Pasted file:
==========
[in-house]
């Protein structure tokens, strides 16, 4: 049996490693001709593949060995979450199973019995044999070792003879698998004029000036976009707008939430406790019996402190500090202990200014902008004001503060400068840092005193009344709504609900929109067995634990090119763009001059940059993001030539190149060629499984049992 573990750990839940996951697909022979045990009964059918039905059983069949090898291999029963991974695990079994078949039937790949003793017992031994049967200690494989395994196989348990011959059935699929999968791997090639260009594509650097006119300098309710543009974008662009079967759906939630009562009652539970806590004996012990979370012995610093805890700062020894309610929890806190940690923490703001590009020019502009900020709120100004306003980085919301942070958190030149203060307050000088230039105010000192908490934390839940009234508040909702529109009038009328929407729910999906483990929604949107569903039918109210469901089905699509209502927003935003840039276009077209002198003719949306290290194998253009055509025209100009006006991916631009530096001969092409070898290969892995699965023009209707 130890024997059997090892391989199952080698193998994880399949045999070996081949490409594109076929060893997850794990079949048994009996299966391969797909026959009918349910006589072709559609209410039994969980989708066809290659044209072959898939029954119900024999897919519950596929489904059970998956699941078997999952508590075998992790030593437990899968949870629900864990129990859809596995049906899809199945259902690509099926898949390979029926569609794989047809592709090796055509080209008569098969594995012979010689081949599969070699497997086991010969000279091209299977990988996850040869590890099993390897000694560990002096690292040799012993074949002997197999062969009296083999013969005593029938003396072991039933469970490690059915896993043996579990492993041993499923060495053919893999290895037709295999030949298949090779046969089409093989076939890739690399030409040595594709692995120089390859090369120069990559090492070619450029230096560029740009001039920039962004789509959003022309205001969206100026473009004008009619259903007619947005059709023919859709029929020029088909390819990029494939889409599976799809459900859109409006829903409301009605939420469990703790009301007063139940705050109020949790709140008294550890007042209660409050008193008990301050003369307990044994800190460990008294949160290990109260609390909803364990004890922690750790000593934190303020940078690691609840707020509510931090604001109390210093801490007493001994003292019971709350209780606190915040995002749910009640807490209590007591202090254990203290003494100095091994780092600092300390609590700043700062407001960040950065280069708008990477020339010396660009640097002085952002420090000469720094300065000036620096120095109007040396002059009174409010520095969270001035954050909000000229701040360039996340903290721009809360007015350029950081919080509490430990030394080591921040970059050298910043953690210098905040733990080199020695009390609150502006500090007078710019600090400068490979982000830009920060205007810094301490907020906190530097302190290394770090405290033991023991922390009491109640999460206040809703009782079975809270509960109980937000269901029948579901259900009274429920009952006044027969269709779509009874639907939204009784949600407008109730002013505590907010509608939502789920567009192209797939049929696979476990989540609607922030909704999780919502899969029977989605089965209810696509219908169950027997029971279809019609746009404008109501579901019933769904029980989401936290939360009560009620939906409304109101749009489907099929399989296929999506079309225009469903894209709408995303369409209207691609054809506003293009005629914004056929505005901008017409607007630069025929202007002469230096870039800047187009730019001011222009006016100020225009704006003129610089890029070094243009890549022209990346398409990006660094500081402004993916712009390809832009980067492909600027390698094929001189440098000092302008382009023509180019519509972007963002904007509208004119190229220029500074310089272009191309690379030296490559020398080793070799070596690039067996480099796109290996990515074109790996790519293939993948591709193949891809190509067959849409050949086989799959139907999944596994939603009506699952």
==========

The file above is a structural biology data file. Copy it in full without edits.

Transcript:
[in-house]
């Protein structure tokens, strides 16, 4: 049996490693001709593949060995979450199973019995044999070792003879698998004029000036976009707008939430406790019996402190500090202990200014902008004001503060400068840092005193009344709504609900929109067995634990090119763009001059940059993001030539190149060629499984049992 573990750990839940996951697909022979045990009964059918039905059983069949090898291999029963991974695990079994078949039937790949003793017992031994049967200690494989395994196989348990011959059935699929999968791997090639260009594509650097006119300098309710543009974008662009079967759906939630009562009652539970806590004996012990979370012995610093805890700062020894309610929890806190940690923490703001590009020019502009900020709120100004306003980085919301942070958190030149203060307050000088230039105010000192908490934390839940009234508040909702529109009038009328929407729910999906483990929604949107569903039918109210469901089905699509209502927003935003840039276009077209002198003719949306290290194998253009055509025209100009006006991916631009530096001969092409070898290969892995699965023009209707 130890024997059997090892391989199952080698193998994880399949045999070996081949490409594109076929060893997850794990079949048994009996299966391969797909026959009918349910006589072709559609209410039994969980989708066809290659044209072959898939029954119900024999897919519950596929489904059970998956699941078997999952508590075998992790030593437990899968949870629900864990129990859809596995049906899809199945259902690509099926898949390979029926569609794989047809592709090796055509080209008569098969594995012979010689081949599969070699497997086991010969000279091209299977990988996850040869590890099993390897000694560990002096690292040799012993074949002997197999062969009296083999013969005593029938003396072991039933469970490690059915896993043996579990492993041993499923060495053919893999290895037709295999030949298949090779046969089409093989076939890739690399030409040595594709692995120089390859090369120069990559090492070619450029230096560029740009001039920039962004789509959003022309205001969206100026473009004008009619259903007619947005059709023919859709029929020029088909390819990029494939889409599976799809459900859109409006829903409301009605939420469990703790009301007063139940705050109020949790709140008294550890007042209660409050008193008990301050003369307990044994800190460990008294949160290990109260609390909803364990004890922690750790000593934190303020940078690691609840707020509510931090604001109390210093801490007493001994003292019971709350209780606190915040995002749910009640807490209590007591202090254990203290003494100095091994780092600092300390609590700043700062407001960040950065280069708008990477020339010396660009640097002085952002420090000469720094300065000036620096120095109007040396002059009174409010520095969270001035954050909000000229701040360039996340903290721009809360007015350029950081919080509490430990030394080591921040970059050298910043953690210098905040733990080199020695009390609150502006500090007078710019600090400068490979982000830009920060205007810094301490907020906190530097302190290394770090405290033991023991922390009491109640999460206040809703009782079975809270509960109980937000269901029948579901259900009274429920009952006044027969269709779509009874639907939204009784949600407008109730002013505590907010509608939502789920567009192209797939049929696979476990989540609607922030909704999780919502899969029977989605089965209810696509219908169950027997029971279809019609746009404008109501579901019933769904029980989401936290939360009560009620939906409304109101749009489907099929399989296929999506079309225009469903894209709408995303369409209207691609054809506003293009005629914004056929505005901008017409607007630069025929202007002469230096870039800047187009730019001011222009006016100020225009704006003129610089890029070094243009890549022209990346398409990006660094500081402004993916712009390809832009980067492909600027390698094929001189440098000092302008382009023509180019519509972007963002904007509208004119190229220029500074310089272009191309690379030296490559020398080793070799070596690039067996480099796109290996990515074109790996790519293939993948591709193949891809190509067959849409050949086989799959139907999944596994939603009506699952």